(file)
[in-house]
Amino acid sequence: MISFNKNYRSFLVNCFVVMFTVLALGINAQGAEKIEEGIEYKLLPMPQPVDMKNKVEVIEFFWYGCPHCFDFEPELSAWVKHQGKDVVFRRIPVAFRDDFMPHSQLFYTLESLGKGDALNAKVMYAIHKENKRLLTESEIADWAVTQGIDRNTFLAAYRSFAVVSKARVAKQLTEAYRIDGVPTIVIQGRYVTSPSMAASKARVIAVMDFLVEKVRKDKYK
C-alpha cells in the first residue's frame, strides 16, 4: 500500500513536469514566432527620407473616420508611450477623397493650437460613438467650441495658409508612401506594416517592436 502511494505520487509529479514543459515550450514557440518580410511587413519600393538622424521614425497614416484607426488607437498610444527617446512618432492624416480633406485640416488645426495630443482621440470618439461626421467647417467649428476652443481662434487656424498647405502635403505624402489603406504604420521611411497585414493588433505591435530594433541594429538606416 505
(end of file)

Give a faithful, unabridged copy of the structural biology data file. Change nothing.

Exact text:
[in-house]
Amino acid sequence: MISFNKNYRSFLVNCFVVMFTVLALGINAQGAEKIEEGIEYKLLPMPQPVDMKNKVEVIEFFWYGCPHCFDFEPELSAWVKHQGKDVVFRRIPVAFRDDFMPHSQLFYTLESLGKGDALNAKVMYAIHKENKRLLTESEIADWAVTQGIDRNTFLAAYRSFAVVSKARVAKQLTEAYRIDGVPTIVIQGRYVTSPSMAASKARVIAVMDFLVEKVRKDKYK
C-alpha cells in the first residue's frame, strides 16, 4: 500500500513536469514566432527620407473616420508611450477623397493650437460613438467650441495658409508612401506594416517592436 502511494505520487509529479514543459515550450514557440518580410511587413519600393538622424521614425497614416484607426488607437498610444527617446512618432492624416480633406485640416488645426495630443482621440470618439461626421467647417467649428476652443481662434487656424498647405502635403505624402489603406504604420521611411497585414493588433505591435530594433541594429538606416 505